Temperatures are soaring into the 90s and 100s and such intense heat is not only dangerous for humans but for pets as well. The American Animal Hospital Association (AAHA) offers a few tips to protect pets during summer heat waves.
Cars are potential death traps during the hot summer months because inside temperatures can quickly climb to more than 120 degrees Fahrenheit on even a mild sunny day. It’s best to leave your pet at home while running errands during hot weather. If you absolutely must leave your pet in a car, please do the following:
- Open windows and vents as wide as possible without providing an escape route; or, put your pet in a well-ventilated cage inside the car and open the windows fully.
- Provide fresh water.
- Check the car every 10 minutes.
- If your pet is panting, has a staring or anxious expression, does not obey commands, has warm, dry skin and a high fever, rapid heartbeat, or is vomiting, lower the body temperature quickly with cool water – either by immersion or by spraying thoroughly with a garden hose. Call your veterinarian immediately.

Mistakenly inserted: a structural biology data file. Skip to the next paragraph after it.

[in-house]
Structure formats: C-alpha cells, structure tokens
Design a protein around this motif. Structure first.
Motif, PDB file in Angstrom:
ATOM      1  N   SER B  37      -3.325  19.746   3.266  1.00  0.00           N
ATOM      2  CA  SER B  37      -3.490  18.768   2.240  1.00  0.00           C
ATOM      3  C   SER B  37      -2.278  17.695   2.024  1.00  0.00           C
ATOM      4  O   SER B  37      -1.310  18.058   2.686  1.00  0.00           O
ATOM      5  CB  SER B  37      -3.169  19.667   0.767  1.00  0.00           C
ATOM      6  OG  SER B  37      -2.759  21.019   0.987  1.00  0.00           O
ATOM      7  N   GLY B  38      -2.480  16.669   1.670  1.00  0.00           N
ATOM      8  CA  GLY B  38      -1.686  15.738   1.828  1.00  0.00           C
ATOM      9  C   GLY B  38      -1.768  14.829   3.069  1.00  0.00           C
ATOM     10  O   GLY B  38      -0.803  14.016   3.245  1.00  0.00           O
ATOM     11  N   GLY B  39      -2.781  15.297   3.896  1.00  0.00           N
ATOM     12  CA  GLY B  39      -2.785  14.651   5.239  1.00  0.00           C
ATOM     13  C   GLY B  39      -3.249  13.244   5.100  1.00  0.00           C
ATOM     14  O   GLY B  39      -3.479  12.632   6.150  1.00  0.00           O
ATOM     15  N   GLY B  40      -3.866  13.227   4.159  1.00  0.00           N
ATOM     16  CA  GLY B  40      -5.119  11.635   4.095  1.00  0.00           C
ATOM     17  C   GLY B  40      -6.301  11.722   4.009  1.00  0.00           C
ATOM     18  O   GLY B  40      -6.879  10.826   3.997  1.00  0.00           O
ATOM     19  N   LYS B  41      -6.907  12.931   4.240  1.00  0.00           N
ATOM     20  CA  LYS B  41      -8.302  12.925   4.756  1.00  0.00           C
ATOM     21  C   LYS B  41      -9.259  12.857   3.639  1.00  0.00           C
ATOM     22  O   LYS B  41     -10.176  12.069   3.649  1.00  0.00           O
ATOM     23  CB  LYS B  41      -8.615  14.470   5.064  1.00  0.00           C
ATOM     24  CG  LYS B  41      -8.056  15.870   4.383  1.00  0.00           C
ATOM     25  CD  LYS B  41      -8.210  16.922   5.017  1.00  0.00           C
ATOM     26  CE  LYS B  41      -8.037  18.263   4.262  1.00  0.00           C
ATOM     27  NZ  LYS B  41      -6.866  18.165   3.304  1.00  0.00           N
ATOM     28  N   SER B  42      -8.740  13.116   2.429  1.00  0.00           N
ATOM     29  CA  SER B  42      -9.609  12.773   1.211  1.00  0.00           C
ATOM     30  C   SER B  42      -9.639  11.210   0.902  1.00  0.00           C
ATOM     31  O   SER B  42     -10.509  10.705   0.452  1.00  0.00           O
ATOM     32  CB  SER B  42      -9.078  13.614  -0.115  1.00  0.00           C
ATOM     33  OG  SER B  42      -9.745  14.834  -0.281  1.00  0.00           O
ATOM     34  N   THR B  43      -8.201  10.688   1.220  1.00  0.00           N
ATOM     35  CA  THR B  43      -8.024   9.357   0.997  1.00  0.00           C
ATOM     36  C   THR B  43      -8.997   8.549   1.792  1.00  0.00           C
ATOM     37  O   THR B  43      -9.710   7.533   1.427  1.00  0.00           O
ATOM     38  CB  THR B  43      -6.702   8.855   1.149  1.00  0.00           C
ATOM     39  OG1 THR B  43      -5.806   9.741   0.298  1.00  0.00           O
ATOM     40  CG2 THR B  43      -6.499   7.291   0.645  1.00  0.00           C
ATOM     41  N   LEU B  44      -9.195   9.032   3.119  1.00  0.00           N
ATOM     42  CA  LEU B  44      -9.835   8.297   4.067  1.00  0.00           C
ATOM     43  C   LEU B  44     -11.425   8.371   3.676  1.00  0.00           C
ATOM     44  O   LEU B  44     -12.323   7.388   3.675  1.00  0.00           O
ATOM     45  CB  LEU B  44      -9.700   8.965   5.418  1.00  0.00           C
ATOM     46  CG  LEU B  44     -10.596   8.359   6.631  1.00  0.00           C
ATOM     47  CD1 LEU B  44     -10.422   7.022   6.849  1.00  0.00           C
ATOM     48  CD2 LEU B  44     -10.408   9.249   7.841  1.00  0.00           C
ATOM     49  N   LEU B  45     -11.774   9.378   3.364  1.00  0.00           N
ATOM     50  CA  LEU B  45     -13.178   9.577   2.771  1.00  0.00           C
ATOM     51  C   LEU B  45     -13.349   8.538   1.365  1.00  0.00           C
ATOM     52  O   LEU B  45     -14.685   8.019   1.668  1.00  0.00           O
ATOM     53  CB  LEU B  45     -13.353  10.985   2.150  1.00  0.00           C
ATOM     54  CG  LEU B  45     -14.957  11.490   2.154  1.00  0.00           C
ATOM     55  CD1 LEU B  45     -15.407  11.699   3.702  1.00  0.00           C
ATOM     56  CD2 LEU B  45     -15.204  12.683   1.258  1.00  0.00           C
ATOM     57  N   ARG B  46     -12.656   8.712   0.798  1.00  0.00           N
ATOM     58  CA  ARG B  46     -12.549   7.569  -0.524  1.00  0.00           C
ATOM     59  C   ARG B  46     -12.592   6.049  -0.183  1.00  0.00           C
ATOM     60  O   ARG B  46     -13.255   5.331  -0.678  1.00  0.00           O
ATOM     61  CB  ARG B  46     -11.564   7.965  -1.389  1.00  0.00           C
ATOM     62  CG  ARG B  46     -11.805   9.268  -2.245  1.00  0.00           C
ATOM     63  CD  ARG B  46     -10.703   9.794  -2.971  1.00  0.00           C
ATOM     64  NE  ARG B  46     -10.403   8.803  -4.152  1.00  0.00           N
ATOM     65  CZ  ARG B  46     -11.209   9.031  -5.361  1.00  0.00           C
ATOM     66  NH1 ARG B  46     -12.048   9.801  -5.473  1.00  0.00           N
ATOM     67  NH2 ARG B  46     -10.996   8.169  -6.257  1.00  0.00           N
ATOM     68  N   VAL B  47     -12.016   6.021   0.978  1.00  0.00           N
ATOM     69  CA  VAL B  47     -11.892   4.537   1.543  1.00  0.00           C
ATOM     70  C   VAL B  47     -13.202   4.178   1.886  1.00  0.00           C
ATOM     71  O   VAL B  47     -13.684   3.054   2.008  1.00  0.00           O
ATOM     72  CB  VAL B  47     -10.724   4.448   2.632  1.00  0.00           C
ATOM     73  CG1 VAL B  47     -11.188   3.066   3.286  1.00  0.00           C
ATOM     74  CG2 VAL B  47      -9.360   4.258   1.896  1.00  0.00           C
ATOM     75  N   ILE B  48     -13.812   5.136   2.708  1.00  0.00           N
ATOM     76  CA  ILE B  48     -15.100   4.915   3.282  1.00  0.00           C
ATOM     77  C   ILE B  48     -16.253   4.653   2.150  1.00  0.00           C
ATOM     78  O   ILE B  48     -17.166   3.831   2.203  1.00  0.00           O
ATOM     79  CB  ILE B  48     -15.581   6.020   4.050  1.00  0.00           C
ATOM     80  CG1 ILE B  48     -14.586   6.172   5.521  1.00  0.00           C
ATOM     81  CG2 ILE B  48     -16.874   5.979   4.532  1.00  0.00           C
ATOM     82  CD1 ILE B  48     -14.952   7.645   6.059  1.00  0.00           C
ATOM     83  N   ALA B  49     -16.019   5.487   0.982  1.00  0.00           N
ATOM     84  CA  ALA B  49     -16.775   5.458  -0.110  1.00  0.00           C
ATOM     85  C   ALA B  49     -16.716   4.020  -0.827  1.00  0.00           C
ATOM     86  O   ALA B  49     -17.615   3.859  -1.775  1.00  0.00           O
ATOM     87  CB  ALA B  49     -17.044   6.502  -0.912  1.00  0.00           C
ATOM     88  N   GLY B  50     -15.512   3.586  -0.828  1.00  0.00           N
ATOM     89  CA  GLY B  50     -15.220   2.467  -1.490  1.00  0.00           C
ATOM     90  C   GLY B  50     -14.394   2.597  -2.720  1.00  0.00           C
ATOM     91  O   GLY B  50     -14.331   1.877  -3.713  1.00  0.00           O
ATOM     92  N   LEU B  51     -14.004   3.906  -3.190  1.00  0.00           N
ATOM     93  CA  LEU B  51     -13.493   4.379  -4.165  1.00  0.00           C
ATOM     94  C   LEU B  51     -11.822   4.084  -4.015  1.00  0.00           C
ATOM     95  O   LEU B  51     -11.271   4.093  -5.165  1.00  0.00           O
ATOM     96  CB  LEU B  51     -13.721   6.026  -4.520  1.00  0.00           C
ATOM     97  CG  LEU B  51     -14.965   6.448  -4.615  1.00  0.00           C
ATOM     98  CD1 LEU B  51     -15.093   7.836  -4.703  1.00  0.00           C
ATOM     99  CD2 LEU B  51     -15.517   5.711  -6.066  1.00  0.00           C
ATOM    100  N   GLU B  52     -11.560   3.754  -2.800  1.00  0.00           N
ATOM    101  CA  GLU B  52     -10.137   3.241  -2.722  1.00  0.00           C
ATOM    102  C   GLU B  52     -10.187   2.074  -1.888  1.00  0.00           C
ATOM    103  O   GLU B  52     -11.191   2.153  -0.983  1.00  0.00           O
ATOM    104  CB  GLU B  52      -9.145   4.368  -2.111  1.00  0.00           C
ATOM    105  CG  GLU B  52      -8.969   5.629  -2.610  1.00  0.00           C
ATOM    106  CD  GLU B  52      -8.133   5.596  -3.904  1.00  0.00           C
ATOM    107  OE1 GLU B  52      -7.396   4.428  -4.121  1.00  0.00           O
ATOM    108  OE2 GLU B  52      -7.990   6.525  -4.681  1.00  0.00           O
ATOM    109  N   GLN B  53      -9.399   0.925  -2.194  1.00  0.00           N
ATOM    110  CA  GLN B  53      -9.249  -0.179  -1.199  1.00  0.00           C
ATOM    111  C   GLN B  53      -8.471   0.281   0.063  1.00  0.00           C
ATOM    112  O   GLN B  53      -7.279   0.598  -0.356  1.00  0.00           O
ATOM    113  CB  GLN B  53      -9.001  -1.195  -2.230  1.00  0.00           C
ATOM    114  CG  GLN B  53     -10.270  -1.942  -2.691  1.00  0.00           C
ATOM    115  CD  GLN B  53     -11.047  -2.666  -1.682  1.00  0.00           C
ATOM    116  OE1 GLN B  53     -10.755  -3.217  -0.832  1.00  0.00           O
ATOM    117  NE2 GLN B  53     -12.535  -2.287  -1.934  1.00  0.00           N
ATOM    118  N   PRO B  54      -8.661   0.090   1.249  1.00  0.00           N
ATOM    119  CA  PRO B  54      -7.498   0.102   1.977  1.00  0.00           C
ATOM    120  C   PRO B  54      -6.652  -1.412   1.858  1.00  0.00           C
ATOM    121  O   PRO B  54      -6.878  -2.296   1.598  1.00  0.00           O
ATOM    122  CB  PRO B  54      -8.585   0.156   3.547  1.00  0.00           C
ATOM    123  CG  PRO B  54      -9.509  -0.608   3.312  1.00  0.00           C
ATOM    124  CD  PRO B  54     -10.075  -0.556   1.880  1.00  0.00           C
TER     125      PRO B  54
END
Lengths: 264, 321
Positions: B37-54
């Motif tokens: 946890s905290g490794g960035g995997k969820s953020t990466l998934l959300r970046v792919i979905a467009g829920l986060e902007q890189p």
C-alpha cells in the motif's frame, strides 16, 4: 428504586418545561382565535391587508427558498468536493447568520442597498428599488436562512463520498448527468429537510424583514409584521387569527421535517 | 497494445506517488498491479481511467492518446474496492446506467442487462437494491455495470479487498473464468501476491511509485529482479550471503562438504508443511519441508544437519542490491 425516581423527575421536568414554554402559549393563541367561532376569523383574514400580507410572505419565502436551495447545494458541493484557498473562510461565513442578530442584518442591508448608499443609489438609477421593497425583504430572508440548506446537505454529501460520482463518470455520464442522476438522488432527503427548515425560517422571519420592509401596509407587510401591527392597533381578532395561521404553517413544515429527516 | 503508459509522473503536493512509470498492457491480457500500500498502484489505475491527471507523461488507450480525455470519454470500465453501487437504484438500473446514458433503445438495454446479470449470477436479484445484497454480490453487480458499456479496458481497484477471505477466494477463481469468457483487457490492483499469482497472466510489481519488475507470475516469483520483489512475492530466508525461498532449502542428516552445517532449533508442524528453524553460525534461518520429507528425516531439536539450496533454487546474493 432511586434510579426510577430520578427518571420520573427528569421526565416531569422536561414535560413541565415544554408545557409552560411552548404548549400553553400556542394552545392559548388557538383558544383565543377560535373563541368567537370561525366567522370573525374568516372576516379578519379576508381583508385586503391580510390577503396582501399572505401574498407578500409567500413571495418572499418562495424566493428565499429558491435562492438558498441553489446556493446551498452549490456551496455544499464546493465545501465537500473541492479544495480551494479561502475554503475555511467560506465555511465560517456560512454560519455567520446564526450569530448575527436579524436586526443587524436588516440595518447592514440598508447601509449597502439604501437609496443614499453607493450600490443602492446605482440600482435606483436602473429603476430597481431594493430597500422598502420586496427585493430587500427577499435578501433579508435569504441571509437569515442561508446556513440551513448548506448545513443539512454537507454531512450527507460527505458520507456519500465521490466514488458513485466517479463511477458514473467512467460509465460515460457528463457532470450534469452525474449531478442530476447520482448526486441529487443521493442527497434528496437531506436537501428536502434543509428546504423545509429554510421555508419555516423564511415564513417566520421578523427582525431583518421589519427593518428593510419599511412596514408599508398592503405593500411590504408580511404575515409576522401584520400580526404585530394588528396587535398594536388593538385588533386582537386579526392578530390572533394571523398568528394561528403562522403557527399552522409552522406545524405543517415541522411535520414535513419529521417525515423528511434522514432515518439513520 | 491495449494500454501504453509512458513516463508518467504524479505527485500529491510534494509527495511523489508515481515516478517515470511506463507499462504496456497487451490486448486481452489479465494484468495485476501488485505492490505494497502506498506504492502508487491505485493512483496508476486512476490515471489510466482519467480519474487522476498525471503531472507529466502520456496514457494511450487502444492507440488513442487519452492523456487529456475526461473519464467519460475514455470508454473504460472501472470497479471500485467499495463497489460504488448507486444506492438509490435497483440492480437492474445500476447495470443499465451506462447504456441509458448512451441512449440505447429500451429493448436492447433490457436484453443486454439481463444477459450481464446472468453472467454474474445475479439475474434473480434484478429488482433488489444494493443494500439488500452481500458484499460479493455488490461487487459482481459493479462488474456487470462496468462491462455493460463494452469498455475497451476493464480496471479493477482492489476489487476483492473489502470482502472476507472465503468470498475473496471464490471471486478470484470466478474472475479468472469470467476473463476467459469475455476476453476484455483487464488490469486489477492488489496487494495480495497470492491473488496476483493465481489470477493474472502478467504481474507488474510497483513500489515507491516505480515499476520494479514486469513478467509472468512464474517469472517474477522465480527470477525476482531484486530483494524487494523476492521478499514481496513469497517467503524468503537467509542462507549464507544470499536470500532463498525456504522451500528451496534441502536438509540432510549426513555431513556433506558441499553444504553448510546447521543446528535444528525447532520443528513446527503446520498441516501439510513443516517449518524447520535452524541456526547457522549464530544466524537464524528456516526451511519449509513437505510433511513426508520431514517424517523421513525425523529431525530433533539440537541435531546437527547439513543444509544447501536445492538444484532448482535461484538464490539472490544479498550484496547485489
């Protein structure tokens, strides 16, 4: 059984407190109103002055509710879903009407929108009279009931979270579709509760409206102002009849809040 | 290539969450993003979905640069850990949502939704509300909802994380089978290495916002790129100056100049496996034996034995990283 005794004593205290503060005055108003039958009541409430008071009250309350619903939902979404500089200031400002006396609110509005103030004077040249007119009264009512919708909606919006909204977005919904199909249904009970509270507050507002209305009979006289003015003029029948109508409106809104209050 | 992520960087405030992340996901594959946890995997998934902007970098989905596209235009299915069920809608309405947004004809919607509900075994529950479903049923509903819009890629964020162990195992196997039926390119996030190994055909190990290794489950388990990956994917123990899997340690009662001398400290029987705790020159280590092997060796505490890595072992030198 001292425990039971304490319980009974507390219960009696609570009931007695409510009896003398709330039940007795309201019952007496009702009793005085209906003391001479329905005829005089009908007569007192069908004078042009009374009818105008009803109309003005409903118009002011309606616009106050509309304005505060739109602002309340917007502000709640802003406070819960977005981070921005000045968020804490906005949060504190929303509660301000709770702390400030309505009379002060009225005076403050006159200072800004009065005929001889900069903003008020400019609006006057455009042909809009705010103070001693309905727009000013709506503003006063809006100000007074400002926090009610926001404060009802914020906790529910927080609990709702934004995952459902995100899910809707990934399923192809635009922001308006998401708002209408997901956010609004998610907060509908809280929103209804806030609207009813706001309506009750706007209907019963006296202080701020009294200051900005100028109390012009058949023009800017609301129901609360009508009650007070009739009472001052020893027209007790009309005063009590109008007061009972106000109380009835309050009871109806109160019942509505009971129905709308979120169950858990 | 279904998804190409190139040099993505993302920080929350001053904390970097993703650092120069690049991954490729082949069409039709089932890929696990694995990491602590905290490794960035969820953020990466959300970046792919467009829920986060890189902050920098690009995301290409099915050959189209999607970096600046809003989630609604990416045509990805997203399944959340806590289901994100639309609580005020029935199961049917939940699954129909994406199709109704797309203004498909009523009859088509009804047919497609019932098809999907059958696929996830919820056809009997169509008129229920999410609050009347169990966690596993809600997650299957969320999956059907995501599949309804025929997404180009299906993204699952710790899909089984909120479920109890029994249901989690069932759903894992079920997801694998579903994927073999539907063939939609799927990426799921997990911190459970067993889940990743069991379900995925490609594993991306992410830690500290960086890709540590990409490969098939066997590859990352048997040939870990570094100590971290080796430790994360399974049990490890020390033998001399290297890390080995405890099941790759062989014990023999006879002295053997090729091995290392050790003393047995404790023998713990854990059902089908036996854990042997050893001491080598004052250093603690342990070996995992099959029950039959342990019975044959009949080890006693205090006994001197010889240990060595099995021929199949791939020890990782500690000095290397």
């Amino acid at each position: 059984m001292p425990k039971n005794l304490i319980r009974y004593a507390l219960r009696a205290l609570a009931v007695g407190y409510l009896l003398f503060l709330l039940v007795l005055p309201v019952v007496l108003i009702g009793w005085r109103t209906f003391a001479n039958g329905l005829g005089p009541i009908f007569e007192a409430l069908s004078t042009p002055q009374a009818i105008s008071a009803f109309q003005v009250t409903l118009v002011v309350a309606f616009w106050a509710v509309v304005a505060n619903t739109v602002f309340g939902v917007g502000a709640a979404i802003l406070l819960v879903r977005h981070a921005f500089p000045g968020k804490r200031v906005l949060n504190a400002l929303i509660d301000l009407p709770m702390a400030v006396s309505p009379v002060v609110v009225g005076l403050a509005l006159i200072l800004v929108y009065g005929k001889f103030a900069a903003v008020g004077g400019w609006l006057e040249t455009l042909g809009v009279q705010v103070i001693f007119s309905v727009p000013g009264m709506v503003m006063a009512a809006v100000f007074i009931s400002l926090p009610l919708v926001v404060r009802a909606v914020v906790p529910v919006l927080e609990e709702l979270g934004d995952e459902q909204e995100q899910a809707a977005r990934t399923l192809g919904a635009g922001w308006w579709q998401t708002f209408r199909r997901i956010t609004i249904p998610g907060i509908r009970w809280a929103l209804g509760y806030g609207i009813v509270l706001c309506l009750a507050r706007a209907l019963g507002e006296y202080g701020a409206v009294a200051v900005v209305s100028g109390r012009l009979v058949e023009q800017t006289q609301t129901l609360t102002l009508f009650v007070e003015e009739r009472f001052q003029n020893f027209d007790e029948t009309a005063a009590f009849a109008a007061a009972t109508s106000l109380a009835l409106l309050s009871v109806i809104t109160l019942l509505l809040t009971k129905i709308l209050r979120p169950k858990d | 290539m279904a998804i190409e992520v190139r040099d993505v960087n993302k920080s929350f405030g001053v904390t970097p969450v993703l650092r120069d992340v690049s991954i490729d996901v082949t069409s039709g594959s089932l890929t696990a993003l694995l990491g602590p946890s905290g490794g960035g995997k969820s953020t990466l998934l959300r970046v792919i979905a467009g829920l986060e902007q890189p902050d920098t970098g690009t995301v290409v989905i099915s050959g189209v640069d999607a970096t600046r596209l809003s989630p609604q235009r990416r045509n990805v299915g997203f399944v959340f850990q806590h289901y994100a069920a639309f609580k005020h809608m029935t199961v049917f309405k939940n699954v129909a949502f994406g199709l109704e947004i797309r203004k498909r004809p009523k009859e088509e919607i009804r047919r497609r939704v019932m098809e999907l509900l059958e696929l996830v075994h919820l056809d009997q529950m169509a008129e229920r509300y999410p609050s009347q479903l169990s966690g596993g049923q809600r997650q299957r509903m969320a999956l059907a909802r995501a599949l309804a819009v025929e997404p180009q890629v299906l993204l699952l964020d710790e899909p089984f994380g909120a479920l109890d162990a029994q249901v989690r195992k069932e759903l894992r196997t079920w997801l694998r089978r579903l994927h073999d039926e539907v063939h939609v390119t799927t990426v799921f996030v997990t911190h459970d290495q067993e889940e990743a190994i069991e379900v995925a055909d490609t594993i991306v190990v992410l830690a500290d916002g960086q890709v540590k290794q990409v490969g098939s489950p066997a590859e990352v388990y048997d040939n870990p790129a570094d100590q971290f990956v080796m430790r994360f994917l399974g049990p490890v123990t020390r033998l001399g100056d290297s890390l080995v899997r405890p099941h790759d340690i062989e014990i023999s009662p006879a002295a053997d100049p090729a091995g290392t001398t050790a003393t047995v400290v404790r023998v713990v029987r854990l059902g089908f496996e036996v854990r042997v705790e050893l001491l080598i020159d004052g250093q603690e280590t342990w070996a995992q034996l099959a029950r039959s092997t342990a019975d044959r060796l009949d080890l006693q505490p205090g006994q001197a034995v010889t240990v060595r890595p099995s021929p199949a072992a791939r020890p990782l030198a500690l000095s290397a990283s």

- If your pet lives outdoors, make sure there is adequate shelter for protection from the midday sun and heat. Outdoor kennels should be well-ventilated and in a shaded area. There should always be some shade for the pet to get out of the sun.
- Also, make sure there is plenty of fresh drinking water available to your pet. The bowl should be placed in a shaded area where it cannot be heated by the sun.
- Exercise is important, but overexertion during hot weather commonly causes heat stress. Avoid excessive exercise during hot days.
- And, keep your pet well-groomed. Long hair and hair mats may need to be clipped to help cool the animal.